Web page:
Weekly Stock Market Update
Stock Market Update – Week of 7/28/2014
Sources: Rates Data —Bloomberg Markets as of 7/28/14; Equity Market Returns and Fixed Income and Alternatives Data—Wells Fargo Advisers as of 7/28/14
2nd Quarter Results show Earnings and Revenue Growth
Earnings season is about half way over as 228 of the S&P 500 companies have reported Quarter 2 results as of July 28. Since the economic recession occurred 6 years ago, companies have cut costs and gone a long way to become leaner, more efficient operators. This has resulted in profit margins that are high from a historical standpoint and have allowed companies to continue to grow their earnings despite having stable sales. This earnings growth has allowed companies to remain evenly valued from a historical standpoint as JP Morgan notes that Large Cap U.S. Stocks are actually 3.4% cheaper than historical averages with a Current Price to Earnings ratio of 15.6 as of the end of the second quarter vs. the 20 year average of 16.2.
We are encouraged to see that this quarter, not only are earnings beating expectations but top line sales figures are also now starting to experience growth. As Market Watch reports, in addition to the 79% of companies that have reported earnings that beat expectations, 66% have also beaten revenue estimates. This should bode well for equity investors. To this end, Jerry Webman, Chief Economist of Oppenheimer Funds, reminds those worried about P/E ratios that they should, “Keep an eye not just on the numerator (price), but on the denominator, as well. P/E ratios don’t have to keep climbing for equity market gains to continue. As long as earnings grow, prices can rise even if valuations don’t. And so far, earnings appear to be doing just that.”
Important Information and Disclaimers
Past Performance is not a guide to future performance.
Investing in foreign securities presents certain risks not associated with domestic investments, such as currency fluctuation, political and economic instability, and different accounting standards. This may result in greater share price volatility. These risks are heightened in emerging markets.
There are special risks associated with an investment in real estate, including credit risk, interest rate fluctuations and the impact of varied economic conditions. Distributions from REIT investments are taxed at the owner’s tax bracket.
The prices of small company and mid cap stocks are generally more volatile than large company stocks. They often involve higher risks because smaller companies may lack the management expertise, financial resources, product diversification and competitive strengths to endure adverse economic conditions.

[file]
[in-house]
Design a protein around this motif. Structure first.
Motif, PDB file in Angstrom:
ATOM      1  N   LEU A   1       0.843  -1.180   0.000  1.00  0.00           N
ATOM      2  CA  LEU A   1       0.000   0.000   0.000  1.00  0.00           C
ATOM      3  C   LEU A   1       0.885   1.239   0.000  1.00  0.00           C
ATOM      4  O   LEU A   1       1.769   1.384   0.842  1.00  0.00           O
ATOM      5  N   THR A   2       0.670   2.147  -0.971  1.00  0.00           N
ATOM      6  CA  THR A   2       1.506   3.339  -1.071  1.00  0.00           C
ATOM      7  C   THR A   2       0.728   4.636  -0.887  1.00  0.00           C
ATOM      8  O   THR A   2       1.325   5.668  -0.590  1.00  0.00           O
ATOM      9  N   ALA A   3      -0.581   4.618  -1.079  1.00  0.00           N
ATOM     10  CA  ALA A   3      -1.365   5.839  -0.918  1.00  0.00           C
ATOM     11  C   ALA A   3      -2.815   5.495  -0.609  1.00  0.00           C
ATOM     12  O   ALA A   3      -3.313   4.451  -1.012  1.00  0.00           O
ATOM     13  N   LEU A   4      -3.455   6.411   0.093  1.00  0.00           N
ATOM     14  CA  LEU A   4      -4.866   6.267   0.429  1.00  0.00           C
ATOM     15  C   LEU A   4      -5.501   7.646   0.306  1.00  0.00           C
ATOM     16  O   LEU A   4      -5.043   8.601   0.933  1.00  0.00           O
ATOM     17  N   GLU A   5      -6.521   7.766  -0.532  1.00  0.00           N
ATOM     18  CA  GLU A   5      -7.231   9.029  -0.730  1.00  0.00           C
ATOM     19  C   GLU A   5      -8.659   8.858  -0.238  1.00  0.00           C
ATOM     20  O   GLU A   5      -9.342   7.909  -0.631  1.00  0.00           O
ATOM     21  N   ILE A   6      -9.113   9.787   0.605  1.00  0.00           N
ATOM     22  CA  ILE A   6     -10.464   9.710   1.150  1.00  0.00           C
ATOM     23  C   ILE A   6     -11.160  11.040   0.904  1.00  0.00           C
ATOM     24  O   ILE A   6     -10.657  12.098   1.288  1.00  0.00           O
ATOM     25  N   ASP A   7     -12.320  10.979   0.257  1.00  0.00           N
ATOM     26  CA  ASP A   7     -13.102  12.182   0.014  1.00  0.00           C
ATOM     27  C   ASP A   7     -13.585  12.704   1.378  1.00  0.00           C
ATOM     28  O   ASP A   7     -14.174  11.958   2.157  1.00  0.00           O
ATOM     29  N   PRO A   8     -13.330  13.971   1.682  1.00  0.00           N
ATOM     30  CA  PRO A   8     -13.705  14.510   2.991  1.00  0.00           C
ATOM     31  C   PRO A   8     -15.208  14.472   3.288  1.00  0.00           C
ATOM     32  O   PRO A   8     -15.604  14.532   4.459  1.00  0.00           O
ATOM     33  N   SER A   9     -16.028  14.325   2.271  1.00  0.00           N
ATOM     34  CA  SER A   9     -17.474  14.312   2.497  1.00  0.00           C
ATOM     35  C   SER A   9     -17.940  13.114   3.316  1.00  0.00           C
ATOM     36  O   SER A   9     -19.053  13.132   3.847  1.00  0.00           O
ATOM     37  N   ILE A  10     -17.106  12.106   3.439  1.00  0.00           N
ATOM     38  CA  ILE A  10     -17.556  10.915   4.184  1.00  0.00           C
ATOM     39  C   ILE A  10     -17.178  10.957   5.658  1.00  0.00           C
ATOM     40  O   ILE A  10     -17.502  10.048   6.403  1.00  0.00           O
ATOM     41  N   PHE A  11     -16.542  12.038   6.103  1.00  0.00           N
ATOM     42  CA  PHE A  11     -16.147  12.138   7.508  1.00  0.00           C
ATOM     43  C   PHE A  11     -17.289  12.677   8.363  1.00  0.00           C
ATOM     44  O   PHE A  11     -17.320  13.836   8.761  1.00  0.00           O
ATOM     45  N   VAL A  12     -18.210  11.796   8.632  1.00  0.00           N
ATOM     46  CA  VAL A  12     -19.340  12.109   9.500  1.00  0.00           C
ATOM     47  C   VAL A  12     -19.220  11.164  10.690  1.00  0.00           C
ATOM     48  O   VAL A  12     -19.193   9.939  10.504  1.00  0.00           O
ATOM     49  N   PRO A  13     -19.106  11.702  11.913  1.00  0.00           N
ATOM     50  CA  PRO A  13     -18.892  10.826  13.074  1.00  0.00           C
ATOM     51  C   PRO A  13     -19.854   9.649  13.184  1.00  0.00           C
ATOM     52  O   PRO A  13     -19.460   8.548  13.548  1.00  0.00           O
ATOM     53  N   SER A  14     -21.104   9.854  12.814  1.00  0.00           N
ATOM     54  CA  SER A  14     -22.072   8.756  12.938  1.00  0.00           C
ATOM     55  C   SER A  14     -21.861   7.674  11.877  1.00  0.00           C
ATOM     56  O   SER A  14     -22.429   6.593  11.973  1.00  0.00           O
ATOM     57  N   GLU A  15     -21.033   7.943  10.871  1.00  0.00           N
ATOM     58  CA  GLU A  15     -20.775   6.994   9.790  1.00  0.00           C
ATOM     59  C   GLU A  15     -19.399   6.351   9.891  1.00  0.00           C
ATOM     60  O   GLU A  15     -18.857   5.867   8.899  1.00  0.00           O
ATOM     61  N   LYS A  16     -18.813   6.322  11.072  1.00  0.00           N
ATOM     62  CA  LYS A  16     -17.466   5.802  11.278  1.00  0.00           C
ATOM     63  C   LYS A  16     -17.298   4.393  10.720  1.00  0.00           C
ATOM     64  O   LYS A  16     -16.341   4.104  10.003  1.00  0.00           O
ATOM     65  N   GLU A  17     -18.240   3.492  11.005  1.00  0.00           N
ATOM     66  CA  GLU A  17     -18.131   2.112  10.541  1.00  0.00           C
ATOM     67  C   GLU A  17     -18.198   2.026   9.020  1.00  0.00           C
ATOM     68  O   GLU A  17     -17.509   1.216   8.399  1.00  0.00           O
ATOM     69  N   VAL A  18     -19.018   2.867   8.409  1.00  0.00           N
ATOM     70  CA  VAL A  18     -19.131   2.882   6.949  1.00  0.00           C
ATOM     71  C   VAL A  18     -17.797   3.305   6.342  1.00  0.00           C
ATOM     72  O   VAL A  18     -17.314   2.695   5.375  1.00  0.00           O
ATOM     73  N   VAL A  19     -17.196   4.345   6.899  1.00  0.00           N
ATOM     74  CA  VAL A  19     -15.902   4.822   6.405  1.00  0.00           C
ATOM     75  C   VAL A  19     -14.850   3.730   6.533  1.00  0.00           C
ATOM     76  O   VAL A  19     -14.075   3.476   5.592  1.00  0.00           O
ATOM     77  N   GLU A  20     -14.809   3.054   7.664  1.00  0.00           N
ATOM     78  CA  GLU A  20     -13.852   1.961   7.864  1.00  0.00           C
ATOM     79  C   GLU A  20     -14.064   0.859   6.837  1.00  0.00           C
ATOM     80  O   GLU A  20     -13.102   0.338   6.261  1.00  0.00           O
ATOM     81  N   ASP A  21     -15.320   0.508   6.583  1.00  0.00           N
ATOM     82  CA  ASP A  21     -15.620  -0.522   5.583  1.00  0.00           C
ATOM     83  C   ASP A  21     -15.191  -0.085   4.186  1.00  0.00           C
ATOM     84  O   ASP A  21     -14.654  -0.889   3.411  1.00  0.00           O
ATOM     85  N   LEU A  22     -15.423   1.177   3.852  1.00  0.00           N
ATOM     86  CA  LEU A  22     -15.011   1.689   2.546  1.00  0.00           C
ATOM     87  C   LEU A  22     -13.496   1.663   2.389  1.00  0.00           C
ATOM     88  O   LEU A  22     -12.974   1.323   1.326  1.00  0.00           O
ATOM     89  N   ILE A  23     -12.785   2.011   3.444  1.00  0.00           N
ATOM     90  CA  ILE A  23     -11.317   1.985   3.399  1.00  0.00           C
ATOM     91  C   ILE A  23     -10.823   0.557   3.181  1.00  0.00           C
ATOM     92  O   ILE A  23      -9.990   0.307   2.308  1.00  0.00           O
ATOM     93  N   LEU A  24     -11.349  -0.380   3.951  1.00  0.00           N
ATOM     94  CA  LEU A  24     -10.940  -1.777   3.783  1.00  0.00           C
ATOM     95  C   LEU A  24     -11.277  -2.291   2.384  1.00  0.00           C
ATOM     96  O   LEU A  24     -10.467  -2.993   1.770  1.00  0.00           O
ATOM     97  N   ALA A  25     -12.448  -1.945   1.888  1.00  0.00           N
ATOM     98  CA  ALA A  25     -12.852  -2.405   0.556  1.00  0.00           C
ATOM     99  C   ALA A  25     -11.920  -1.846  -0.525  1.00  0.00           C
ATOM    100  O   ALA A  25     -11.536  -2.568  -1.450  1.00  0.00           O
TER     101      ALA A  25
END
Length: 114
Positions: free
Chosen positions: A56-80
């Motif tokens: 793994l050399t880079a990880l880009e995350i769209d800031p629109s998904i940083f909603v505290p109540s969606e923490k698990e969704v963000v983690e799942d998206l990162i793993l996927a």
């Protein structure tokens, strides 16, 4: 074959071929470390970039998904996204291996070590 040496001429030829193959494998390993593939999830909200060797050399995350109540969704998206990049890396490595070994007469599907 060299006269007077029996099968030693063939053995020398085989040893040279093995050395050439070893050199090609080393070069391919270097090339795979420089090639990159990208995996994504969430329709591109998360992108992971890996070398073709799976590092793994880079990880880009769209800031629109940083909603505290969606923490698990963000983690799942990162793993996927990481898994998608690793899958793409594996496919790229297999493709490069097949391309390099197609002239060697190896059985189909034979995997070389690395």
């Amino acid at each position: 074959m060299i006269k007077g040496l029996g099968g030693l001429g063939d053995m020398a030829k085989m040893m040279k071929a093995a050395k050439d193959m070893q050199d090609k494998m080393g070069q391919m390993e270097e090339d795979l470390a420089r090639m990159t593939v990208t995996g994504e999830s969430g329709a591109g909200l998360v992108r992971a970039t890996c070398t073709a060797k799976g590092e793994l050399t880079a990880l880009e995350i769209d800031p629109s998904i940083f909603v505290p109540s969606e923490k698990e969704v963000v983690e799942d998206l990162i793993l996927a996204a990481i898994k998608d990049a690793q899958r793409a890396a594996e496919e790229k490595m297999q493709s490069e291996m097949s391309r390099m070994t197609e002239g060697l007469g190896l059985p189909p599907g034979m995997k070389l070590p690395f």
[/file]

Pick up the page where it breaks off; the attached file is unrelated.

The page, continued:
Investing in commodities is not suitable for all investors. Exposure to the commodities markets may subject an investment to greater share price volatility than an investment in traditional equity or debt securities. Investments in commodities may be affected by changes in overall market movements, commodity index volatility, changes in interest rates or factors affecting a particular industry or commodity.
Products that invest in commodities may employ more complex strategies which may expose investors to additional risks.
Investing in fixed income securities involves certain risks such as market risk if sold prior to maturity and credit risk especially if investing in high yield bonds, which have lower ratings and are subject to greater volatility. All fixed income investments may be worth less than original cost upon redemption or maturity. Bond Prices fluctuate inversely to changes in interest rates. Therefore, a general rise in interest rates can result in the decline of the value of your investment.
MSCI- EAFE: The Morgan Stanley Capital International Europe, Australasia and Far East Index, a free float-adjusted market capitalization index that is designed to measure developed-market equity performance, excluding the United States and Canada.
MSCI-Emerging Markets: The Morgan Stanley Capital International Emerging Market Index, is a free float-adjusted market capitalization index that is designed to measure the performance of global emerging markets of about 25 emerging economies.
Russell 3000: The Russell 3000 measures the performance of the 3000 largest U.S. companies based on total market capitalization and represents about 98% of the investible U.S. Equity market.
ML BOFA U.S. Corp Mstr [Merill Lynch U.S. Corporate Master]: The Merrill Lynch Corporate Master Market Index is a statistical composite tracking the performance of the entire U.S. corporate bond market over time.
ML Muni Master [Merill Lynch U.S. Corporate Master]: The Merrill Lynch Municipal Bond Master Index is a broad measure of the municipal fixed income market.
Investors cannot directly purchase any index.
LIBOR, London Interbank Offered Rate, is the rate of interest at which banks offer to lend money to one another in the wholesale money markets in London.
The Dow Jones Industrial Average is an unweighted index of 30 “blue-chip” industrial U.S. stocks.
The S&P Midcap 400 Index is a capitalization-weighted index measuring the performance of the mid-range sector of the U.S. stock market, and represents approximately 7% of the total market value of U.S. equities. Companies in the Index fall between S&P 500 Index and the S&P SmallCap 600 Index in size: between $1-4 billion.
DJ Equity REIT Index represents all publicly traded real estate investment trusts in the Dow Jones U.S. stock universe classified as Equity REITs according to the S&P Dow Jones Indices REIT Industry Classification Hierarchy. These companies are REITSs that primarily own and operate income-producing real estate.